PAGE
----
Holland Village bank robbery: Banks' security measures include CCTV, alarm systems

Wang Tianjie and Calvin Yang
The Straits Times
July 8, 2016

Under the Private Security Industry Act, banks are considered "high-risk premises" and employ a combination of security measures at their branches, which include closed-circuit television (CCTV) cameras and alarm systems that alert the Singapore Police Force of any crimes committed on their premises.

Mr Paul Lim, chief executive of Secura Group, noted that financial institutions here are designed with limited entry and exit points, and have security set-ups, including CCTV cameras and panic buttons.

They may also employ armed guards and conduct exercises to prepare their staff to handle emergencies such as a robbery.

The Straits Times understands that no guard was present at Standard Chartered Bank's Holland Village branch.

"In today's world, everybody leaves behind both physical and digital footprints, and all these provide more avenues to try and solve a crime," said Mr Lim.

Mr Toby Koh, group managing director of Ademco Security Group, added that when a panic button is activated, security personnel at a central monitoring station would be able to view the video footage at the point in time when the alarm was triggered, as well as receive real-time video feed of the ground situation.

A spokesman for Certis Cisco Security said: "To achieve optimum security, it is always best to deploy both technology and manpower.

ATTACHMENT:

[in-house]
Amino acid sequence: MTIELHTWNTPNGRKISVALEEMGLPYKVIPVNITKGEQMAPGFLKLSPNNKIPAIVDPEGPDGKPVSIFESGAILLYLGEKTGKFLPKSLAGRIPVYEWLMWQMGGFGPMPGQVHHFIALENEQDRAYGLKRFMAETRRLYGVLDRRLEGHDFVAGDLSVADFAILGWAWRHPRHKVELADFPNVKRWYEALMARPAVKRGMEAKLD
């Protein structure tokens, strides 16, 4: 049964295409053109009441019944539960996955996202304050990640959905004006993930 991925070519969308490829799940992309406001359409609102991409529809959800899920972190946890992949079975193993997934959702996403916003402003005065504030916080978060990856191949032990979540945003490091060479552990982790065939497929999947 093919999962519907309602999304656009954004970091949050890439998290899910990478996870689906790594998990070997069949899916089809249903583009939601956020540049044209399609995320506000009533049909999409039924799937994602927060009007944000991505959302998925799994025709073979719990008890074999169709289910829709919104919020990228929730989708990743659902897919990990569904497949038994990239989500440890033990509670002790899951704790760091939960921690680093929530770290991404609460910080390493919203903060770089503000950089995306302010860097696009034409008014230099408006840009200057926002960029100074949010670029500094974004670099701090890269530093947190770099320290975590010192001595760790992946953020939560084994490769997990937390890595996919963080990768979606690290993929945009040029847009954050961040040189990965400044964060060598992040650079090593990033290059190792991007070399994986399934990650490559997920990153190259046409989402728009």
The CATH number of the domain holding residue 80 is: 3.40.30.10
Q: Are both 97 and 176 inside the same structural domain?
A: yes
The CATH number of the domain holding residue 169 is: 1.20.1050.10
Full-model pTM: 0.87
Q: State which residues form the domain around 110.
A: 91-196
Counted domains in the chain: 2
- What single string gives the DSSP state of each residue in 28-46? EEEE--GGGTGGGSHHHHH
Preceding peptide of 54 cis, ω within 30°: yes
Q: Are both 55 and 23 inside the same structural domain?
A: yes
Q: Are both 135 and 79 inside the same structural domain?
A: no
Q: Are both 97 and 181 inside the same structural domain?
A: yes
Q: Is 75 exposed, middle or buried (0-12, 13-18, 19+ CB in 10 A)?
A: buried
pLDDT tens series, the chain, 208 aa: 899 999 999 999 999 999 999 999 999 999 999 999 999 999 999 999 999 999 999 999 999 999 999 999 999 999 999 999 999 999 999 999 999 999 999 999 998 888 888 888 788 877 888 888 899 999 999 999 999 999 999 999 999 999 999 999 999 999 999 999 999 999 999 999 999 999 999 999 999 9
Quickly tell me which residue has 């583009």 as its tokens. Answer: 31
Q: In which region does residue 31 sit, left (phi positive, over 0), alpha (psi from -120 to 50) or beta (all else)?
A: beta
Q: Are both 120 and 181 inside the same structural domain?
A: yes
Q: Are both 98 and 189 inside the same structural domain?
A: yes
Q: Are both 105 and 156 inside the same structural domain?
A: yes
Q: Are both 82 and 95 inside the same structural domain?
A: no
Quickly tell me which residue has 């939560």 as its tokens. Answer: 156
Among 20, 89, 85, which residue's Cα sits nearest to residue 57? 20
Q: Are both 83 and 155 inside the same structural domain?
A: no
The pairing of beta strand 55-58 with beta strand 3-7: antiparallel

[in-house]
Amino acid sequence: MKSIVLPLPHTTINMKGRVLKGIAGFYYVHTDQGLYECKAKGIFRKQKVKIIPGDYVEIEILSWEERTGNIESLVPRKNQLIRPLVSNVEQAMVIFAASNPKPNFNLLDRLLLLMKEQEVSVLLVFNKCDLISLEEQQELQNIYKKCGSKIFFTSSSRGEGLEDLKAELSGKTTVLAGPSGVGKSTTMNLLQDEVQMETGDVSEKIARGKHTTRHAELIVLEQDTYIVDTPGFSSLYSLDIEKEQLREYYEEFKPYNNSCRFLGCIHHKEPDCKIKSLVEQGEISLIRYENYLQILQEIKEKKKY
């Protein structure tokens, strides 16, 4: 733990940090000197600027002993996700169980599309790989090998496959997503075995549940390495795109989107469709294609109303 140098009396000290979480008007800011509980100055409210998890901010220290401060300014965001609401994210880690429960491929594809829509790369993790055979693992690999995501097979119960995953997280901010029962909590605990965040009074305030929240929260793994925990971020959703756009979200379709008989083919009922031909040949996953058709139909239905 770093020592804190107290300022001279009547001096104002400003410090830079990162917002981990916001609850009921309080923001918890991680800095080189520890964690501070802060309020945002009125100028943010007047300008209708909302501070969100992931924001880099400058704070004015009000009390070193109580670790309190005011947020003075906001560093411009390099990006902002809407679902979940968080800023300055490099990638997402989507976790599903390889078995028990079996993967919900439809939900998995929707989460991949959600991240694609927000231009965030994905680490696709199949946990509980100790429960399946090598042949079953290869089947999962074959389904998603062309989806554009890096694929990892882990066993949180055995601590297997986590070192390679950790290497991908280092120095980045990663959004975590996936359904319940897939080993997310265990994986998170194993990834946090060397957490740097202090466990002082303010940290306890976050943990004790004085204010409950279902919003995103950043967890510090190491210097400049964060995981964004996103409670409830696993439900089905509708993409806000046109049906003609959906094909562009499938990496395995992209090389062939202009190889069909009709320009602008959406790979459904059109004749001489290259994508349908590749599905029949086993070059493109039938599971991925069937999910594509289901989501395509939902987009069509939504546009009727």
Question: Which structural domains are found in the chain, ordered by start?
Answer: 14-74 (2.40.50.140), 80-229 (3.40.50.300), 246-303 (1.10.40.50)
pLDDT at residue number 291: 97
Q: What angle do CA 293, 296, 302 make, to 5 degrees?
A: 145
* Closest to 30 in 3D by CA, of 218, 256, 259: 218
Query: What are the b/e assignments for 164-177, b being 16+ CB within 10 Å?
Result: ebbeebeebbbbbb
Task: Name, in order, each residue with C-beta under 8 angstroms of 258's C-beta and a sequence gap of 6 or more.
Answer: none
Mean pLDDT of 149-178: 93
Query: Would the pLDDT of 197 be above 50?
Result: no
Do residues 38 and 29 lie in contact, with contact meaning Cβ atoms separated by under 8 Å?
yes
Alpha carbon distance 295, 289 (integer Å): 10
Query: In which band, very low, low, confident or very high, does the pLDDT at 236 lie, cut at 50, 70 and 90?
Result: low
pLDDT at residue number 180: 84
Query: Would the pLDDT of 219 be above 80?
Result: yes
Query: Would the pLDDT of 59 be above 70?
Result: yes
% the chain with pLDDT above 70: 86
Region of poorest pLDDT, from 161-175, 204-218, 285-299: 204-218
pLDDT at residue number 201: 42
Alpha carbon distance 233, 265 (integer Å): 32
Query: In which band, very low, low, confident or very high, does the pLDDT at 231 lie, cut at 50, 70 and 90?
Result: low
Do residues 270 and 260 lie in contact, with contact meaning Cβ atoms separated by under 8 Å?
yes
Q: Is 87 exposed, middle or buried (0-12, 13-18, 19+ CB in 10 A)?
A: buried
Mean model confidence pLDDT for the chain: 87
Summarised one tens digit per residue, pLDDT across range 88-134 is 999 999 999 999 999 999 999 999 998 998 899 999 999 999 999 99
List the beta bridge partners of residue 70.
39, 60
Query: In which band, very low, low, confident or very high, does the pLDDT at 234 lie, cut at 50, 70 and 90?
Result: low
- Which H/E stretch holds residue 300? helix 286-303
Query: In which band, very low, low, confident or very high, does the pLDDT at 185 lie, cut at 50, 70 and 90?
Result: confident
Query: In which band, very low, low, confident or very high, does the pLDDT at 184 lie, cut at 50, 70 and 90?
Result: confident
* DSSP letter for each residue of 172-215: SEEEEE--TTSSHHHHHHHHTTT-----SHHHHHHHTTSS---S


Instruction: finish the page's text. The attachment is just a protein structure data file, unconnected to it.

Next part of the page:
"While CCTVs provide real-time monitoring surveillance and post-event evidence for investigation purposes, bank guards are trained in measures and scenarios to mitigate robbery attempts. The presence of armed guards will serve as a deterrence and help to mitigate such risks."

Certis Cisco Security provides security services to banks such as Maybank, OCBC and DBS.

Despite the prevalence of CCTV cameras and surveillance technology at secure locations, security agencies stressed the importance of manpower on the ground.

Mr G. Nagarajan, general manager of Apex Security and Investigation, said: "We have become much more dependent on technology such as surveillance cameras. Cameras do not slip or skive off, but skilled manpower will always have to work hand in hand with technology.

"Trained people... know the importance of a situation and the stakes if they fail."

The Straits Times

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